blog > Google CTF 2022 - OCR (misc)
2022 Jul 05ctfmiscml

Google CTF 2022 - OCR (misc)

Changelog (last updated 2022-07-11)

Update 2022-07-11: Done some reorganising, thanks to @daniellimws for the comments

Update 2022-07-09: It turns out I was overly cautious with the convex hull exploit. I've done some parameter tuning and the results are much better.

Train our neural network to read handwritten letters! I'm sure with the newest technological advances, you'll be able to do it with a tiny network and just a handful of training images.

ocr.2022.ctfcompetition.com 1337

Attachment

Official challenge archive

208 points, 47 solves

Challenge server.py
PYTHON
# Copyright 2022 Google LLC
#
# Licensed under the Apache License, Version 2.0 (the "License");
# you may not use this file except in compliance with the License.
# You may obtain a copy of the License at
#
# https://www.apache.org/licenses/LICENSE-2.0
#
# Unless required by applicable law or agreed to in writing, software
# distributed under the License is distributed on an "AS IS" BASIS,
# WITHOUT WARRANTIES OR CONDITIONS OF ANY KIND, either express or implied.
# See the License for the specific language governing permissions and
# limitations under the License.
import numpy as np
import sys
import glob
import string
import tensorflow as tf
from keras.models import Sequential
from keras.layers.core import Dense, Flatten
from flag import flag
import signal
signal.alarm(120)
tf.compat.v1.disable_eager_execution()
image_data = []
for f in sorted(glob.glob("/images/*.png")):
im = tf.keras.preprocessing.image.load_img(
f, grayscale=False, color_mode="rgb", target_size=None, interpolation="nearest"
)
im = tf.keras.preprocessing.image.img_to_array(im)
im = im.astype("float32") / 255
image_data.append(im)
image_data = np.array(image_data, "float32")
# The network is pretty tiny, as it has to run on a potato.
model = Sequential()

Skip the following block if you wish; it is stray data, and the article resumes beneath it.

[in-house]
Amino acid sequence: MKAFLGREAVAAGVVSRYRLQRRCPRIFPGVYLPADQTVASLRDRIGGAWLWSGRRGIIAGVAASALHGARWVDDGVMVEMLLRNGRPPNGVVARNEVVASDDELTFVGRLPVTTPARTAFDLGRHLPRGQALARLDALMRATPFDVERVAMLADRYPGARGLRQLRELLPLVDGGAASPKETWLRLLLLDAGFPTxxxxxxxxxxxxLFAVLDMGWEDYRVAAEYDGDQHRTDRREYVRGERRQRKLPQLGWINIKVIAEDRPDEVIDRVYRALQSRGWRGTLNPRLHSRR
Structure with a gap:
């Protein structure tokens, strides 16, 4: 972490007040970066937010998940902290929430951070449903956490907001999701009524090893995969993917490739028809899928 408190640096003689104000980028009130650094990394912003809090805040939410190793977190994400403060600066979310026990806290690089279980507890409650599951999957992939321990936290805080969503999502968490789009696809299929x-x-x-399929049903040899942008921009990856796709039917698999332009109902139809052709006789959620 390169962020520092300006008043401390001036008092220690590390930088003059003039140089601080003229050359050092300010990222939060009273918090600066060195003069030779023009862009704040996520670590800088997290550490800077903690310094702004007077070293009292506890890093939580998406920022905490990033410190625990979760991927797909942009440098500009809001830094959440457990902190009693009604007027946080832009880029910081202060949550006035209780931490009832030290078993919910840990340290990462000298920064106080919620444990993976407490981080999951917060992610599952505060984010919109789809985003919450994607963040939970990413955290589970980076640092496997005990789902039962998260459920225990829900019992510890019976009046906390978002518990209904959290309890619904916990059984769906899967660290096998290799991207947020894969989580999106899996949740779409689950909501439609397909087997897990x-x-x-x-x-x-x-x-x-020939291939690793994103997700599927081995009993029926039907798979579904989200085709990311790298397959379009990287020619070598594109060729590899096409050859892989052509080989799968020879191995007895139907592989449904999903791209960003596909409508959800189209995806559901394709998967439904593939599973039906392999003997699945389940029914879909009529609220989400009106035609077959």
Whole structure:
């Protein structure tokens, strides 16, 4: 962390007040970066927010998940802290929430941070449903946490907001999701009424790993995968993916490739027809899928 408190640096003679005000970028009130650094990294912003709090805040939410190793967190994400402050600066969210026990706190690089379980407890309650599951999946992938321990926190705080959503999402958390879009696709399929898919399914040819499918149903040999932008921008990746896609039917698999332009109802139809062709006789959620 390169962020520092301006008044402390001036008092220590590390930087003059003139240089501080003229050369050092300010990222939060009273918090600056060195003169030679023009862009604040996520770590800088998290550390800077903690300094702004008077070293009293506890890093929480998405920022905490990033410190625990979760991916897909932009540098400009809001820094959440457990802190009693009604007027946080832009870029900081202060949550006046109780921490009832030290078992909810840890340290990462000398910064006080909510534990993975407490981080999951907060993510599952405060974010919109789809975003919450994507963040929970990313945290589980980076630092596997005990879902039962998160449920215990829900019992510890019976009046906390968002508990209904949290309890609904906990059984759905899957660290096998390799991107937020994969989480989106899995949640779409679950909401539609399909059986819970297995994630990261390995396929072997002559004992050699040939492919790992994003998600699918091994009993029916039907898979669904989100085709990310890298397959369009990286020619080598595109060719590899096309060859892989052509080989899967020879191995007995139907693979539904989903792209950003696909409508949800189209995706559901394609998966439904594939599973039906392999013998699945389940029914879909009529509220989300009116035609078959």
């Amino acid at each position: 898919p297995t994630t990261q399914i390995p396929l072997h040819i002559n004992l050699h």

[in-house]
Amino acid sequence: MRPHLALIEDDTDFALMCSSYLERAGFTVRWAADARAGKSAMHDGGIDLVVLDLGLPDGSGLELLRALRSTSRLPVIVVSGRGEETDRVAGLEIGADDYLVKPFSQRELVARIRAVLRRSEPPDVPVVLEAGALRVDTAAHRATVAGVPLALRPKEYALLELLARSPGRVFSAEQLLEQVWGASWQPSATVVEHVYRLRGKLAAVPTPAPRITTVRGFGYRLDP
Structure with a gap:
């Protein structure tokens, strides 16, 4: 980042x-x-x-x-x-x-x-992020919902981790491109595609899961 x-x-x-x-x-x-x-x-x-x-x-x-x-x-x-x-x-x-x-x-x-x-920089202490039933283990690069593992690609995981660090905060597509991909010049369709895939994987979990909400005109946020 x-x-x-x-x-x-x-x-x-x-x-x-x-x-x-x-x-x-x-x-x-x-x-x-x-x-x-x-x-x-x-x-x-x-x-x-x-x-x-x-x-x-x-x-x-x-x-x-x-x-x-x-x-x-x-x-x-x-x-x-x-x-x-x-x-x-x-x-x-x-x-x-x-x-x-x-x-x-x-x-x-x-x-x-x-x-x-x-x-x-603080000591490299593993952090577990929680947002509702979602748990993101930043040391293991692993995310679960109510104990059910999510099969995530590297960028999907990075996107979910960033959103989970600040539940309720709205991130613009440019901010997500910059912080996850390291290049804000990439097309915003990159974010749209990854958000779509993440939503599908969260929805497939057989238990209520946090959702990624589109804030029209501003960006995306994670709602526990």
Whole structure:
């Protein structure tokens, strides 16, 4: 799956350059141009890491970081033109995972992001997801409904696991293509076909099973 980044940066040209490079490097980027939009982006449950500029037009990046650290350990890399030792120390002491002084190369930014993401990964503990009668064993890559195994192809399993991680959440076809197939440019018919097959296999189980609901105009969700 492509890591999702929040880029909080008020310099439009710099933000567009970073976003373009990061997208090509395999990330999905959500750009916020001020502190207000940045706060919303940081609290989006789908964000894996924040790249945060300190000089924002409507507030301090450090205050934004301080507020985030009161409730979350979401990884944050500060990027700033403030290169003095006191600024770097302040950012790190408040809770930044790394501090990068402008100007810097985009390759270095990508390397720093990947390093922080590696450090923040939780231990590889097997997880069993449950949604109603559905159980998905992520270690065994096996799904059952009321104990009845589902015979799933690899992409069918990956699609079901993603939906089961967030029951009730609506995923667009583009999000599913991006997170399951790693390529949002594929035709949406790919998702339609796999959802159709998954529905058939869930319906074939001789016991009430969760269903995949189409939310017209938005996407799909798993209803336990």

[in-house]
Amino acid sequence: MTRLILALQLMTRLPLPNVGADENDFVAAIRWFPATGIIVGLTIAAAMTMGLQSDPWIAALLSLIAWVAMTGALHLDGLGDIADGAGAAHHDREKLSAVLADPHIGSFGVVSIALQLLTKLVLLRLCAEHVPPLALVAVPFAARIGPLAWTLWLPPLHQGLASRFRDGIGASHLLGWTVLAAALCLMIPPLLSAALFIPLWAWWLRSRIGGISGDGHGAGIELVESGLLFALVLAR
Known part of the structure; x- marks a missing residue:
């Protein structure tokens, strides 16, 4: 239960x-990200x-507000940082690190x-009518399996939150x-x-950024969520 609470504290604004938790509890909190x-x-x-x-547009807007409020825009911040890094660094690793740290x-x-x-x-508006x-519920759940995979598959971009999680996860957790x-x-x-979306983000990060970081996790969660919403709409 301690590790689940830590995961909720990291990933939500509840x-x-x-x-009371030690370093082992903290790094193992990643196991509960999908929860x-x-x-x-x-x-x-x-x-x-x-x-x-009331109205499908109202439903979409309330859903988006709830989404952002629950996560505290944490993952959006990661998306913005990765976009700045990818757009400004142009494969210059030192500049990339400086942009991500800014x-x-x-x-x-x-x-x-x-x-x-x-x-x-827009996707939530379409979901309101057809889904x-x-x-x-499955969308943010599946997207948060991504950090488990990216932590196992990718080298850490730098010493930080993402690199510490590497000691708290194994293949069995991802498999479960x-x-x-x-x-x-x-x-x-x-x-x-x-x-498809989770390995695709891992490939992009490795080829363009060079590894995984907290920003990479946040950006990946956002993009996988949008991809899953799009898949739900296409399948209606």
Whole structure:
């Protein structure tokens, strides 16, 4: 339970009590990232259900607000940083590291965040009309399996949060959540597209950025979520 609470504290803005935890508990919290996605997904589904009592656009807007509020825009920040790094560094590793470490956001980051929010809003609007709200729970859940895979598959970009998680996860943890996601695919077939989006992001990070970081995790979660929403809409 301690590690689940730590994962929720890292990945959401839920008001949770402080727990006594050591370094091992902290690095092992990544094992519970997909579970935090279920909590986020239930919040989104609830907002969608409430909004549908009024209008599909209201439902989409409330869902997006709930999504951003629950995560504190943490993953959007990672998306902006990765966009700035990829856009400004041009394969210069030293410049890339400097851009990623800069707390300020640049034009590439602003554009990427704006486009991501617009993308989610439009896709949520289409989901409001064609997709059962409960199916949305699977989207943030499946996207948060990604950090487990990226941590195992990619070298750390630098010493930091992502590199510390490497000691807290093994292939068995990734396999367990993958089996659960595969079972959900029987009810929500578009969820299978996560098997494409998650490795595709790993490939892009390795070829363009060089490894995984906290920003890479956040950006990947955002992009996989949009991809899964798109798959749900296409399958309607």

model.add(Flatten(input_shape=(16,16,3)))
# I'm sure we can compress it all down to four numbers.
model.add(Dense(4, activation='relu'))
model.add(Dense(128, activation='softmax'))
print("Train this neural network so it can read text!")
wt = model.get_weights()
while True:
print("Menu:")
print("0. Clear weights")
print("1. Set weight")
print("2. Read flag")
print("3. Quit")
inp = int(input())
if inp == 0:
wt[0].fill(0)
wt[1].fill(0)
wt[2].fill(0)
wt[3].fill(0)
model.set_weights(wt)
elif inp == 1:
print("Type layer index, weight index(es), and weight value:")
inp = input().split()
value = float(inp[-1])
idx = [int(c) for c in inp[:-1]]
wt[idx[0]][tuple(idx[1:])] = value
model.set_weights(wt)
elif inp == 2:
results = model.predict(image_data)
s = ""
for row in results:
k = "?"
for i, v in enumerate(row):
if v > 0.5:
k = chr(i)
s += k
print("The neural network sees:", repr(s))
if s == flag:
print("And that is the correct flag!")
else:
break
tl;dr (spoilers!)Craft model weights to turn ReLU layers into a comparison oracle to leak image brightness data and reconstruct image dataset locally. More efficient solutions exist involving step-wise activation of output layers and crafting convex hulls.

Recon

We are given a service that hosts a small neural network used to classify 16x16 RGB images into ASCII letters. The server lets us do the following:

  • Reset model weights to zero
  • Edit the model weights with a user-provided layer index, weight index and value
  • Run the model against multiple images, each containing one character of the flag. The service prints any ASCII character with prediction confidence >0.5>0.5, otherwise it just prints '?'.

We can test some challenge code locally to learn about the model and understand the trainable parameters.

PYTHON
model = Sequential()
# Flattens the 16 x 16 x 3 input into a flat 768-wide vector
model.add(Flatten(input_shape=(16,16,3)))
model.add(